COVID contact tracing has not tracked business-specific spread in Kentucky

COVID contact tracing has not tracked business-specific spread in Kentucky

LOUISVILLE, Ky. (WAVE) - Area leaders are asking for data behind the latest round of COVID-19 restrictions that are industry-specific as thousands of business owners fear shutting down in Kentucky.

Their concerns come as Gov. Andy Beshear revealed restrictions that will fall on many businesses beginning Friday, Nov. 20 at 5 p.m. until Dec. 13.

WAVE 3 News Troubleshooters obtained a copy of an email from Dr. Sarah Moyer with the Louisville Health Department which states the city’s contact tracing system is unable to break down and report numbers based on the type of business affected by a positive COVID case.

“The system was designed by the state such that contact tracers enter narratives into text fields rather than checking boxes such as ‘restaurant’ or ‘daycare,’” Moyer’s August email stated.

Beshear also stated industry-specific contact tracing data, such as from restaurants or a sporting goods store, has not been available to the state, noting health experts are able to study clusters of positive cases instead.

“We are trying to compile this information,” Beshear said Thursday in his daily press briefing, “but what we are hearing over the past couple of weeks, almost nobody’s been able to do this.”

“Part of this is desire for information,” he continued, “part of this is for denial.”

To other local leaders like Louisville Metro Councilwoman Marilyn Parker, the lack of data appears to predispose some businesses of being unfairly restricted over others.

“I think it’s an arbitrary mandate that’s come down on restaurants and bars,” Parker said.

She said she has asked the Louisville’s Health Department to release any data showing which businesses have been a source of the spread of the coronavirus, but has so far received no such information.

“[Louisvillians] are doing their best to follow the rules,” Parker said. “I see the mask wearing, the social distancing.”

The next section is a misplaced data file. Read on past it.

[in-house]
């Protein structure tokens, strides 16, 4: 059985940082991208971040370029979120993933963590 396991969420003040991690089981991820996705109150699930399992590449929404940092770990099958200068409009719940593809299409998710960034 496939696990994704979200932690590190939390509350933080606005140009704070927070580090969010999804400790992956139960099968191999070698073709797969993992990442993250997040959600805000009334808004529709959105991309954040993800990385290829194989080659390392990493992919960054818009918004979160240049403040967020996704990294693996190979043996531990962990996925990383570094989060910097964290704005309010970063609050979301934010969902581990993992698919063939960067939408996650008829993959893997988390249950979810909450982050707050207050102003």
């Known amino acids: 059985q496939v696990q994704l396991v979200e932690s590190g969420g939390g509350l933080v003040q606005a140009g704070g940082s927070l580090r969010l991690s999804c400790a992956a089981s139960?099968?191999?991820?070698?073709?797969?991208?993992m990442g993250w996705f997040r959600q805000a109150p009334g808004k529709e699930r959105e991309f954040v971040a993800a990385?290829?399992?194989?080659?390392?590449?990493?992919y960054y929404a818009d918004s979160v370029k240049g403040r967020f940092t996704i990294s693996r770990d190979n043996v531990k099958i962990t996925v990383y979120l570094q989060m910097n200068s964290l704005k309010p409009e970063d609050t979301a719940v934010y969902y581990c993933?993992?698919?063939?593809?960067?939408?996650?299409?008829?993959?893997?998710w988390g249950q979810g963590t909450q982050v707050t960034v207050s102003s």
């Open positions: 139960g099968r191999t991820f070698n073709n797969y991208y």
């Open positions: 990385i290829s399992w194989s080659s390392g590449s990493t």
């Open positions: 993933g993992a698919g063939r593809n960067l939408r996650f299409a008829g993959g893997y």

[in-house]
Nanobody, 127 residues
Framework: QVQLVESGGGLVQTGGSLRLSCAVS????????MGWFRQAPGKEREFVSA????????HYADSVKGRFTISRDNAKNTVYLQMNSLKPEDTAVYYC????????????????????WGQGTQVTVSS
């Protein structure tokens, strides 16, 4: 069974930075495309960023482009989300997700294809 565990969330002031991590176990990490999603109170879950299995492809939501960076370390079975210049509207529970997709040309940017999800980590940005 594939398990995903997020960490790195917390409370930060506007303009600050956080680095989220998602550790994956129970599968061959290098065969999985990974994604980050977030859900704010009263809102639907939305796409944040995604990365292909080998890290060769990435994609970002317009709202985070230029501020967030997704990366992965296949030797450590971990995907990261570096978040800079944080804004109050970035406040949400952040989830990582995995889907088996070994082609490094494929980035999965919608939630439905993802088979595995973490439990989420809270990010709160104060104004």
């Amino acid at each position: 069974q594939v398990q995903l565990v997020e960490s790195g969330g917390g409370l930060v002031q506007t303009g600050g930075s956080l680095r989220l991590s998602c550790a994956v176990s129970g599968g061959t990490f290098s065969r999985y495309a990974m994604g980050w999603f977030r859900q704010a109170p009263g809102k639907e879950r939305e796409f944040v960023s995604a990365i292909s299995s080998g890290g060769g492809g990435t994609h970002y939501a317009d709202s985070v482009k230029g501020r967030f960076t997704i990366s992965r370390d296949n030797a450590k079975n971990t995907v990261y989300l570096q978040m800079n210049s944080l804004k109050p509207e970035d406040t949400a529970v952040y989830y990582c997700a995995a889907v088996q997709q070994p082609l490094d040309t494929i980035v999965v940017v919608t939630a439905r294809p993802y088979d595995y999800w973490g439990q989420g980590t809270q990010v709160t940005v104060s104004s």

Crescent Bride, the owner of Joe’s Older Than Dirt Bar & Grill in St. Matthews, believes the virus is dangerous and deadly, but said the state restrictions are killing people’s livelihoods and having other alternate, serious effects.

Bride is in the process of building an outdoor, covered area at his business. It has cost him about $50,000, and he says he is lucky that’s something he can afford.

“We have radiant heaters running the length of our pavilion,” he pointed out. “Considering the restrictions we’re under, this is an investment that needed to be done.”

Bride believes COVID restrictions are necessary, but said they should be applied fairly and in a way that can allow his industry to survive.

State Representative Jason Nemus says he’s been trying to find out why businesses like Bride’s receive stricter mandates than others and says he’s been trying to get the data from the state for weeks.

“We’ve been asking for that proof and that proof has not been forthcoming,” Nemus said. “Those things, they should be on a sheet that you can just look at and that you do look at all the time.”

Beshear said there’s a bigger picture people should be focusing on instead.

“All of the public health officials everywhere can tell us the most likely places to spread,” he said. “We have got to be able to accept that and not simply argue on, ‘Well now give me this, now give me that.’”

While the specific contact tracing data may not exist, for business owners like Bride, the restrictions do.

“It’s an absolute tragedy for people to lose everything they have through no fault of their own,” he said.

A Louisville Health Department spokesperson told WAVE 3 News contact tracing has come a long way but didn’t say if the categories have changed yet or how specific the data is now.

Wednesday, Dr. Moyer provided numbers of where people said they traveled to two days before testing positive. However, Beshear said those numbers do not necessarily show where the virus was spread.

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